cross-species evidence on presence

Primate neural systems process gaze relatively well. Infant chimpanzees aged 10-32 weeks prefer photographs of human faces with eyes open compared to photographs with eyes shut, and with direct gaze compared to averted gaze. By four months of age, human infants can discriminate between faces with direct and averted gaze. In adult humans, direct gaze enhances the memorability of faces and the speed of person categorization. Moreover, direct gaze seems to be the best explanation for sensational reception of Byzantine icons in an artistically rich sixteenth-century Indo-Muslim culture.

Gaze has considerable value in making sense of presence. According to a recent study, mother-infant chimpanzees pairs gaze into each other’s eyes on average about 17 times per hour. Mutual gazing covaried similarly in chimps and humans:

maternal cradling was found to be inversely related to mutual gazing in chimpanzees, such that when mother and young infant are in constant physical contact, there is little mutual gaze. Reduced face-to-face interactions, including reduced amounts of mutual gaze, are found in human cultures that have increased physical contact with infants compared with Western norms. … We purpose that mutual engagement in primates is supported via an interchangeability of tactile and visual modalities [Bard et. al., 2005, pp. 621, 623].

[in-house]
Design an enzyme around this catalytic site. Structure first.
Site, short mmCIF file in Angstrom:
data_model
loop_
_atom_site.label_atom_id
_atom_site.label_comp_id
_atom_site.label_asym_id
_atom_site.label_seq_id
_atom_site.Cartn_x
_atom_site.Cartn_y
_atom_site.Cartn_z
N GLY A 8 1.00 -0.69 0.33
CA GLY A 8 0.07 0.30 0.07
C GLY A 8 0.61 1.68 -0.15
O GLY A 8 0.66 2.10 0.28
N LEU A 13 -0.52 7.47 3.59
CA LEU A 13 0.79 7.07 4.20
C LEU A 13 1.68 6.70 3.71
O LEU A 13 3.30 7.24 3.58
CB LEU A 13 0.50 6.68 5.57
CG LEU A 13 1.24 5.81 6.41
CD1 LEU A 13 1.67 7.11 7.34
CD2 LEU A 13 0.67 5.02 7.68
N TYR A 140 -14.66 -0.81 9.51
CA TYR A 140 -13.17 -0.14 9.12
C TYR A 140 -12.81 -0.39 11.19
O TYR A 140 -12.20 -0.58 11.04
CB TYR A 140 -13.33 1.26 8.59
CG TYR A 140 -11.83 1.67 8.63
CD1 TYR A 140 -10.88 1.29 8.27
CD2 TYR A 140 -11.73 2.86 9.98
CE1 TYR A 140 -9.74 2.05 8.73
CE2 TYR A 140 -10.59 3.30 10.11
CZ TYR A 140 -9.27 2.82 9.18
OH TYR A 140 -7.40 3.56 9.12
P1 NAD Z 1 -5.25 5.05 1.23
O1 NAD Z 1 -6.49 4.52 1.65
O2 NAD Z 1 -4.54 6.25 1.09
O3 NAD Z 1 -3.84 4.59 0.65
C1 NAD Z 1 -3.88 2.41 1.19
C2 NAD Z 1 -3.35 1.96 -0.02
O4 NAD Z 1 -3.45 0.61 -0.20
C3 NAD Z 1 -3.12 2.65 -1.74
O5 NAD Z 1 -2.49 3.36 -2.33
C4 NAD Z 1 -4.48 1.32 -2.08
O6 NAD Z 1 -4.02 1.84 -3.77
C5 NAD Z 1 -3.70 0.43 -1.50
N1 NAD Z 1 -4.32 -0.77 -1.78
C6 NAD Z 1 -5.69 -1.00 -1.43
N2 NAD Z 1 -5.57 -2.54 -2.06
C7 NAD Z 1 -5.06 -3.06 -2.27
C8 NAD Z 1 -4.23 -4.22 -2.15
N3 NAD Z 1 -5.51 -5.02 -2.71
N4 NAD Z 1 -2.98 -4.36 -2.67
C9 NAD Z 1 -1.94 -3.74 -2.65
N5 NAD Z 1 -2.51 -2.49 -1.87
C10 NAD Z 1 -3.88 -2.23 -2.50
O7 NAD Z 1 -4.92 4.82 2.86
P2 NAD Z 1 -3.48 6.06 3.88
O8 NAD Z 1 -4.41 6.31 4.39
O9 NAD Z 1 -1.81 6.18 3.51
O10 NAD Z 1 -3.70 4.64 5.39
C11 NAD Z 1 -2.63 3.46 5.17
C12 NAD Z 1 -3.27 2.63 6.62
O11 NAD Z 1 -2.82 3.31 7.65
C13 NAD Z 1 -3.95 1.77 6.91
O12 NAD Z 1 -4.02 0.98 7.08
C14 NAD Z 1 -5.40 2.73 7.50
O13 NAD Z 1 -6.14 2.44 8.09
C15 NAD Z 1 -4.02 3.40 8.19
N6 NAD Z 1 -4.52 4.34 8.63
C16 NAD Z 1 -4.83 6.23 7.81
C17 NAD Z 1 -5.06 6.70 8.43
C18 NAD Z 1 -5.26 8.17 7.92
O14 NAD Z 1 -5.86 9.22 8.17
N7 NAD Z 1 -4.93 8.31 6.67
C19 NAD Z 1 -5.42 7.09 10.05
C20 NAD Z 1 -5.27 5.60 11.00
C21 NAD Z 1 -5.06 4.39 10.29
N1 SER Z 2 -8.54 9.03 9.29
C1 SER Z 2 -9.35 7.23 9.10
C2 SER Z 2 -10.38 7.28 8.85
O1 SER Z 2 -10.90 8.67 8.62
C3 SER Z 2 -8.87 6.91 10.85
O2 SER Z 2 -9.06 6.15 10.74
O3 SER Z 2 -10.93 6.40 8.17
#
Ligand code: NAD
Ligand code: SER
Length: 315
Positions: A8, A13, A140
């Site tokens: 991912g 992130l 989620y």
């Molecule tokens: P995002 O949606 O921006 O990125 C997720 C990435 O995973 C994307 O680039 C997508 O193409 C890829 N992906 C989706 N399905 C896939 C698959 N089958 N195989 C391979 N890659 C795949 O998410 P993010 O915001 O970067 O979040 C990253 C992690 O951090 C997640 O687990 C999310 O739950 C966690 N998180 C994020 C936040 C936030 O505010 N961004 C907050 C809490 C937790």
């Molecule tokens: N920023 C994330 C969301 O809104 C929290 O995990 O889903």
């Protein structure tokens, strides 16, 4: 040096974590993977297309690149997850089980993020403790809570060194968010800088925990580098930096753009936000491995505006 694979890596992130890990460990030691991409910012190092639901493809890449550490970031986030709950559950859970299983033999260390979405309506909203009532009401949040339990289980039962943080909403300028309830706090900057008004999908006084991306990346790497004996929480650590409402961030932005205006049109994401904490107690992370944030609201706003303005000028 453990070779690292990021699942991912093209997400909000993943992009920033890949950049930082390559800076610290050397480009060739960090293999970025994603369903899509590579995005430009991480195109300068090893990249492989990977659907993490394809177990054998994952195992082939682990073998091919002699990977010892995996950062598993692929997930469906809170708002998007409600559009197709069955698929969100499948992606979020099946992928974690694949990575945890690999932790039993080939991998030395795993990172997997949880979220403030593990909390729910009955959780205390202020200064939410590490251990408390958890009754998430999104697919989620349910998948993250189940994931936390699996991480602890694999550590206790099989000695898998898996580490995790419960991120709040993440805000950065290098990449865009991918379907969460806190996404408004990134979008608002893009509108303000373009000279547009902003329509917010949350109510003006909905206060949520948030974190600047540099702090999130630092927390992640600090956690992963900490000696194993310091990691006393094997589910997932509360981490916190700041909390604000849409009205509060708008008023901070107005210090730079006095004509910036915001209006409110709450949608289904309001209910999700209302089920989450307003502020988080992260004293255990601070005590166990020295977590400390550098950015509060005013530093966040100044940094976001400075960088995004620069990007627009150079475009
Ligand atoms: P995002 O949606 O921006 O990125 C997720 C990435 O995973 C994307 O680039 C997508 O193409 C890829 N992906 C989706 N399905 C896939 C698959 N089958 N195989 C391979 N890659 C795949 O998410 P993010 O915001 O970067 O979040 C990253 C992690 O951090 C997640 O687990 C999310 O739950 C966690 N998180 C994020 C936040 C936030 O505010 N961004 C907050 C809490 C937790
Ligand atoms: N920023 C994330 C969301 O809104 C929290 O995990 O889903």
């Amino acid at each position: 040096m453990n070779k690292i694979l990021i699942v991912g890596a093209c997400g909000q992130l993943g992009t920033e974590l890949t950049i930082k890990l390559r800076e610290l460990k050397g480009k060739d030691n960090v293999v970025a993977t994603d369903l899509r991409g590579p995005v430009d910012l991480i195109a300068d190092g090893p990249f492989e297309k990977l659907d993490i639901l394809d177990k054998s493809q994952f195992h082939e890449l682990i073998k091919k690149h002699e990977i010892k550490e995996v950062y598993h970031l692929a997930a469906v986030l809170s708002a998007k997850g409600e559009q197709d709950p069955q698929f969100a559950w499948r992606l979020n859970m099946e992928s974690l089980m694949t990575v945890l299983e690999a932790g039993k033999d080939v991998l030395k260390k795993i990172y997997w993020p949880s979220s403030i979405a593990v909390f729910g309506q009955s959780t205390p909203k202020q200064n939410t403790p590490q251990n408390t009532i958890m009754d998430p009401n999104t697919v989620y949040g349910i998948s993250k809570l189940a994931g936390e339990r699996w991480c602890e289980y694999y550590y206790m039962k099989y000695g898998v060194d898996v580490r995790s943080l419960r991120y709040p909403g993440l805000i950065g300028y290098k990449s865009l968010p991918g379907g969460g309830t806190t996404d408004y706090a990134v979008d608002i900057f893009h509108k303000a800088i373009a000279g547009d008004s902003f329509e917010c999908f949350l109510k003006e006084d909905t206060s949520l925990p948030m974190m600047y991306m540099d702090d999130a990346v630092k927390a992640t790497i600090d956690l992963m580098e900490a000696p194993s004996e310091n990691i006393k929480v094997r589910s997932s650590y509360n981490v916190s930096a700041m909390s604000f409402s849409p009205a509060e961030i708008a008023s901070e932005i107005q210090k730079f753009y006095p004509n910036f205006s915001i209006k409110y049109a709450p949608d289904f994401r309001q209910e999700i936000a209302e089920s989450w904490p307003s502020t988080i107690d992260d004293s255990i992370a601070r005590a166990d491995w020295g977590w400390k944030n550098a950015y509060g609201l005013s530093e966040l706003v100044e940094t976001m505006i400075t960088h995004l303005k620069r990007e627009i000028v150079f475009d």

The value of the visual mode, however, depends on its circumstances. If the features of a face are scrambled, infant chimpanzees are indifferent between eyes with direct and averted gaze. Direct gaze from a painting or photograph of a face may create value of the same type as mutual gaze and physical contact, but perhaps not as efficiently.

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